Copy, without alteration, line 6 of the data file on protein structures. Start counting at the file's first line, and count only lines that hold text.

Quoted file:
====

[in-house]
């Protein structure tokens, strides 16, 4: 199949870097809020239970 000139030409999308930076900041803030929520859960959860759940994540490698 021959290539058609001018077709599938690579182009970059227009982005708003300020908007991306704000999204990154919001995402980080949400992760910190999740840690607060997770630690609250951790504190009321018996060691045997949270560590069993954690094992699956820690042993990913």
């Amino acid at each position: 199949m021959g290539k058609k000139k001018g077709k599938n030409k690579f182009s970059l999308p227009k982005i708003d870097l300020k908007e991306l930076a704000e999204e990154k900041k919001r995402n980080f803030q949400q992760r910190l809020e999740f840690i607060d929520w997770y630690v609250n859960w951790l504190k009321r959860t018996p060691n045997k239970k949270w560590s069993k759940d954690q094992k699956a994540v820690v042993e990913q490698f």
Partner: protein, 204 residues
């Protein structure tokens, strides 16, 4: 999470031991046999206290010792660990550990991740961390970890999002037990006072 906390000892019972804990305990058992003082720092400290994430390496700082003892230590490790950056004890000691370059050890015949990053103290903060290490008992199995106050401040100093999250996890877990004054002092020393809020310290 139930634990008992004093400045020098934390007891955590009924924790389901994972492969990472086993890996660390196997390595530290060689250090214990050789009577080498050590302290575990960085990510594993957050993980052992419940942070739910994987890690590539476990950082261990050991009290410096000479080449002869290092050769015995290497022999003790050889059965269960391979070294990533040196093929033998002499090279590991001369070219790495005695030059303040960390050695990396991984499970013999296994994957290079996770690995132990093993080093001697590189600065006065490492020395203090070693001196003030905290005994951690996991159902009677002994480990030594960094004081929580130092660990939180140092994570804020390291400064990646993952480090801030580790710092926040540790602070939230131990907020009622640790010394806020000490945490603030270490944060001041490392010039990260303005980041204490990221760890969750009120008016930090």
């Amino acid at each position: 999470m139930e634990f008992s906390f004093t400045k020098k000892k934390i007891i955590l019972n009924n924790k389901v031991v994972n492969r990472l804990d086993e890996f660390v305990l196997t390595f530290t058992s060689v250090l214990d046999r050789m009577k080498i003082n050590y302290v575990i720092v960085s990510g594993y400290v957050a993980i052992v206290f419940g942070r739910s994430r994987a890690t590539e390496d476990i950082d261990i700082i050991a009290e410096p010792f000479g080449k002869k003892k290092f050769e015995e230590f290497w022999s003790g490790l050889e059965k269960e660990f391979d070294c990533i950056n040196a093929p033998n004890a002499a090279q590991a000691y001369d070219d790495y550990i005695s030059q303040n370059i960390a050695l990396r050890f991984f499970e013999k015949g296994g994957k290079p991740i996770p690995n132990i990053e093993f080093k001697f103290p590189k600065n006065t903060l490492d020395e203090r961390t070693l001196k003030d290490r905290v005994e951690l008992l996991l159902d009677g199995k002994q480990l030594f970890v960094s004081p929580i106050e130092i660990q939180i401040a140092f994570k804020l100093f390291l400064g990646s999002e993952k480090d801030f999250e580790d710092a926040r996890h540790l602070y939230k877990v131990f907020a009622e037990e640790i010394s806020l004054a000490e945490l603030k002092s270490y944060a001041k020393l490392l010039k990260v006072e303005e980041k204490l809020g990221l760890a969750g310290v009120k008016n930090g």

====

């Amino acid at each position: 999470m139930e634990f008992s906390f004093t400045k020098k000892k934390i007891i955590l019972n009924n924790k389901v031991v994972n492969r990472l804990d086993e890996f660390v305990l196997t390595f530290t058992s060689v250090l214990d046999r050789m009577k080498i003082n050590y302290v575990i720092v960085s990510g594993y400290v957050a993980i052992v206290f419940g942070r739910s994430r994987a890690t590539e390496d476990i950082d261990i700082i050991a009290e410096p010792f000479g080449k002869k003892k290092f050769e015995e230590f290497w022999s003790g490790l050889e059965k269960e660990f391979d070294c990533i950056n040196a093929p033998n004890a002499a090279q590991a000691y001369d070219d790495y550990i005695s030059q303040n370059i960390a050695l990396r050890f991984f499970e013999k015949g296994g994957k290079p991740i996770p690995n132990i990053e093993f080093k001697f103290p590189k600065n006065t903060l490492d020395e203090r961390t070693l001196k003030d290490r905290v005994e951690l008992l996991l159902d009677g199995k002994q480990l030594f970890v960094s004081p929580i106050e130092i660990q939180i401040a140092f994570k804020l100093f390291l400064g990646s999002e993952k480090d801030f999250e580790d710092a926040r996890h540790l602070y939230k877990v131990f907020a009622e037990e640790i010394s806020l004054a000490e945490l603030k002092s270490y944060a001041k020393l490392l010039k990260v006072e303005e980041k204490l809020g990221l760890a969750g310290v009120k008016n930090g």